Cooperative Mechanisms in the Regulation of Smooth Muscle Contraction
In 1930, Bozler reported that smooth muscle was unique in that it could maintain force with a very low energy expenditure (Bozler, 1930). More recent studies have extended this pioneering work to show that the economy of force maintenance of mammalian smooth muscle can vary to a large extent during the course of an isometric contraction (for review see Butler and Siegman, 1985). Crossbridge cycling rate varies independently of the ability to maintain maximum force, and the underlying regulatory mechanisms are not fully understood. It is known that phosphorylation of the 20 kDa light chain of myosin is central to the process of regulation, but details remain elusive. In vitro biochemical experiments have shown that phosphorylation increases the actin-activated myosin ATPase activity (for review see Hartshorne, 1987). To our knowledge, there has been no study showing that contraction of smooth muscle can occur without some increase in myosin light chain phosphorylation. However, high force can be generated with very low degrees of myosin light chain phosphorylation (Moreland and Moreland, 1987; Ratz and Murphy, 1987). Although there are some important exceptions, in general, the maximum velocity of shortening and energy usage are high under conditions when the degree of light chain phosphorylation is high. The major question that really distills from all of the above is what role does myosin light chain phosphorylation play in the regulation of force output and crossbridge cycling rate?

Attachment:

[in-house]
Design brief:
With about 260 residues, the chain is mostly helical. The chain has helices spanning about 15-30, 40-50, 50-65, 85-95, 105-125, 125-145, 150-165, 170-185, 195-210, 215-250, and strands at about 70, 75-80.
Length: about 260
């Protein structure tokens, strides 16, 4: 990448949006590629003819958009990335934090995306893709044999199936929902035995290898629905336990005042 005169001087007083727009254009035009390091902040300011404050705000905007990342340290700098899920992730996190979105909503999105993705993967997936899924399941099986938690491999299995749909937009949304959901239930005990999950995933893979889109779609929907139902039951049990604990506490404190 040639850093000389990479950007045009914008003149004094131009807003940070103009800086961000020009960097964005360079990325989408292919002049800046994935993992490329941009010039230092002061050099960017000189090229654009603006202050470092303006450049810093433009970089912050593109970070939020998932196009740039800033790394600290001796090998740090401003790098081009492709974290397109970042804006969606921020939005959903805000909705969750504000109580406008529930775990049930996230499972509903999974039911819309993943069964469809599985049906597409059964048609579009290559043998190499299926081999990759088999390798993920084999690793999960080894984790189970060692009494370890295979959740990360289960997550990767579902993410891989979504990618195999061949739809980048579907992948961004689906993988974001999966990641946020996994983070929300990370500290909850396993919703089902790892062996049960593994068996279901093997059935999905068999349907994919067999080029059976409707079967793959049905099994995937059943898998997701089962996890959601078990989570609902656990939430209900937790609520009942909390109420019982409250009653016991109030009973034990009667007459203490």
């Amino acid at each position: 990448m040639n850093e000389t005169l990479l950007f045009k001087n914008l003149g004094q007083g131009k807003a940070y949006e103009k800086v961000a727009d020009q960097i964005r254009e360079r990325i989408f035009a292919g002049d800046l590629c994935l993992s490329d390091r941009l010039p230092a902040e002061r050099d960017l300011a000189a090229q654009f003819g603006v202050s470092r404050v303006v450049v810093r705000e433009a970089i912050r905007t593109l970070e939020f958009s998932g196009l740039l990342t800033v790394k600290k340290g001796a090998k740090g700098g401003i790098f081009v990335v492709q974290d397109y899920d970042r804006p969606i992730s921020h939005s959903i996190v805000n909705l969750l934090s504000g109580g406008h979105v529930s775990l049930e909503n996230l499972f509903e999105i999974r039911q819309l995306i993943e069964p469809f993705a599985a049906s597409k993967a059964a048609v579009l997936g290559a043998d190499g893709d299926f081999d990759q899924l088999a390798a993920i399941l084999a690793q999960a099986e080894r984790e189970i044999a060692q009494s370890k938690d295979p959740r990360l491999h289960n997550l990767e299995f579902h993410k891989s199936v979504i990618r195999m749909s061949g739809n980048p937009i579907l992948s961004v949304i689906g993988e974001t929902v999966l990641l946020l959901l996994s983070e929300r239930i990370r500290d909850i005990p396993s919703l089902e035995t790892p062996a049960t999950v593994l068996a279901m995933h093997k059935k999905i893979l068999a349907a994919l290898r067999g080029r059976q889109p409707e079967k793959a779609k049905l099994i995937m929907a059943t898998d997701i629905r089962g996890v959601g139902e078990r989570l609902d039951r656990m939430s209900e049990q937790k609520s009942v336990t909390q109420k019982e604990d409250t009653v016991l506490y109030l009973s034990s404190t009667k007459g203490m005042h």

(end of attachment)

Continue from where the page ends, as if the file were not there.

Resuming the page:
KeywordsMyosin Light Chain Okadaic Acid Force Output Myosin Head Myosin Light Chain Phosphorylation
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